Hubby sent this article to me to post for you! HAPPY SUNDAY!
Marines are the smallest and scrappiest branch of the armed forces, as any veteran of the Corps will proudly (and loudly) tell you. But even among the Marines, there are still the few, the proud, the saddle-bound.
The Mounted Color Guard, a small cadre operating out of Marine Corps Logistics Base Barstow in California’s Mojave Desert, is the service’s last remaining true cavalry unit. And it’s celebrating 50 years of service in 2017.
“I feel a great sense of pride every time I put on that uniform and get on a horse,” Staff Sgt. Nicholas Beberniss, the staff noncommissioned officer of the color guard, said in an Aug. 29 story released by the Corps.
The Mounted Color Guard participates in parades, ceremonies, and rodeos across the country. But given its size — just nine riders, or “stablemen” — the unit is often spread thin, traveling from coast to coast by truck and trailer.
“For me, the best aspect is all the traveling we get to do, and being in the rodeos and parades,” said Cpl. Alicia Frost, a stableman with the color guard and currently the only female Marine on the team.
“I’m the face for all female Marines,” she added. “So, when other girls and women see me doing it, I hope it gives them the courage to think that they can do it, as well.”
Marines can volunteer for the special duty, which lasts two to three years, regardless of their occupational specialty; the current team is a mix of infantry and non-infantry Marines. As long as they “have a bit of horsemanship and are pretty good in all disciplines of their MOS, chances of getting selected are pretty good,” Robert Jackson, a spokesman at Marine Corps Logistics Base Barstow, told Task & Purpose.
The horses, provided to the color guard from the Bureau of Land Management, are partially trained ahead of time by prison inmates at the Northern Nevada Correctional Center Wild Horse Training Facility in Carson City, Nevada.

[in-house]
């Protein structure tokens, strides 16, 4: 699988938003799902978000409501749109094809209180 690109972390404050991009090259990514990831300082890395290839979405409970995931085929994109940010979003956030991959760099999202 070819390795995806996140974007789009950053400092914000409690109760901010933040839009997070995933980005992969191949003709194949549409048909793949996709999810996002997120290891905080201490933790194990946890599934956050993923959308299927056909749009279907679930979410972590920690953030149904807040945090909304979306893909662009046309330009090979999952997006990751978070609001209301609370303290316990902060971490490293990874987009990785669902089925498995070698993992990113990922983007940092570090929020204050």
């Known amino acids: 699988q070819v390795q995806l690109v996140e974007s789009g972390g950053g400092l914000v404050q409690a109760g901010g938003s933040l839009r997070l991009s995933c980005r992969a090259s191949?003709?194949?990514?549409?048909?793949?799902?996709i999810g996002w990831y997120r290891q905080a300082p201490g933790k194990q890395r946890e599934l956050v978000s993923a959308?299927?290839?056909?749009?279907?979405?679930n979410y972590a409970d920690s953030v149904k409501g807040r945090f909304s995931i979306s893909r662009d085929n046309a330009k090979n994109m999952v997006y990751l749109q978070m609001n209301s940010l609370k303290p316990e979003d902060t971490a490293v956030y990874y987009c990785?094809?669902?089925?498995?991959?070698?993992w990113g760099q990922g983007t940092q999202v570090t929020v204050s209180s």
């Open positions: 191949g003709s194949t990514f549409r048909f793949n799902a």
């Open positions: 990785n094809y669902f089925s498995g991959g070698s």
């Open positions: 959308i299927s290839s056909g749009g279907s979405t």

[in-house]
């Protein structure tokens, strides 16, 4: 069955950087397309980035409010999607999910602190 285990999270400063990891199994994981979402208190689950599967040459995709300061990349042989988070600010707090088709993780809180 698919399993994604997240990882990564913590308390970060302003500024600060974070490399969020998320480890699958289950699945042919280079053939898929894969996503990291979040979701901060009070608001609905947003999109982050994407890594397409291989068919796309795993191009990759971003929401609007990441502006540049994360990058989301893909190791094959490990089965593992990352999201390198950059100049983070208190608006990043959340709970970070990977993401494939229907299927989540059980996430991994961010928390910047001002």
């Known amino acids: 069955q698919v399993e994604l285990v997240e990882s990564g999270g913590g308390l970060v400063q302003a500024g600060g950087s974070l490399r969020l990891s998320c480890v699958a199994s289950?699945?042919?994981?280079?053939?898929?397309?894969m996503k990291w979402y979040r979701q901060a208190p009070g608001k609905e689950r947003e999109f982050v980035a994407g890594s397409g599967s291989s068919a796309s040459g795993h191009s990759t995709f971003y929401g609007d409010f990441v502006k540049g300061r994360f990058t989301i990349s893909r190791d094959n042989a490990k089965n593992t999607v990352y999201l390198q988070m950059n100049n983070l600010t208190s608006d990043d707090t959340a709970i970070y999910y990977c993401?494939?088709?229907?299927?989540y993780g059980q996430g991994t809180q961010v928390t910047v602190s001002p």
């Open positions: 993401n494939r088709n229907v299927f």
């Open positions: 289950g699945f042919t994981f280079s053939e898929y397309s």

“From there, they go through an inmate rehabilitation program, where the inmates get the horses to where they are green-broke, which means you can approach them, touch them, and touch their feet and so forth,” Sgt. Terry Barker, a Marine stableman explained in a Jan. 26, 2017, statement.
Yet the animals still need a lot of work before they’re show-ready, which is where the Marines come in.
The training involves bonding the Marines with their mounts, working in arenas and open spaces — while occasionally being interrupted by unexpected noises and distractions, so the mustangs can become accustomed to the sights and sounds they’ll encounter on the road and at events.
As with any job — in the Marine Corps, at least — there’s a lot of busy work. Think field-daying the barracks or picking up brass on the range is a pain? How about tending a stable hours a day, every day?
“It can be a very tedious job at times,” Frost said. “We work very long hours, most weekends and we usually don’t get holidays off. It’s a big responsibility and we devote our lives to the Marine Corps and the horses.”
Being the only Marines in the Corps able to spend the day galloping around on horses they helped train probably makes up for the hours spent cleaning a stable. Plus, being part of a small crew with a unique role is its own reward.
Riding four abreast atop their palomino mustangs, the Marines of the Mounted Color Guard proudly bear the colors of their country and Corps.
Marine Corps Logistics Base Barstow, Calif., is home to the only remaining Mounted Color Guard in the Marine Corps. This small and unique entity has the honor of representing the Corps in parades, rodeos and other events nationwide. With determination and enthusiasm, these Marines on horseback carry on a time-honored tradition that originated more than a century ago.
The “Horse Marines” was the nickname given to the mounted U.S. legation detachment in Peking, China, a guard unit established in 1900. While their purpose was to conduct patrols on horseback, they also participated in weekly parades during their 33-year presence in Peking.
Horses in the Corps haven’t solely been used for ceremonial purposes; with their strength and high endurance, they have assisted Marines in battle as well. Sergeant Reckless, perhaps the most beloved horse in Marine Corps history, accomplished a remarkable feat during the Korean War as she supported ammunition carriers—resupplying and transporting heavy rounds across long distances. After the war, she was retired with full military honors and is buried at Stepp Stables at Marine Corps Base Camp Pendleton, Calif.
The days of relying on horses for conveyance may be long gone, but the legacy is continued by the modern-day “Horse Marines” at Barstow—a legacy that stems from pride in the Corps, a love for tradition, and an unquenchable esprit.
The Mounted Color Guard at MCLB Barstow was not the first of its kind. The first official Marine Corps Mounted Color Guard was established aboard Camp Pendleton in 1955.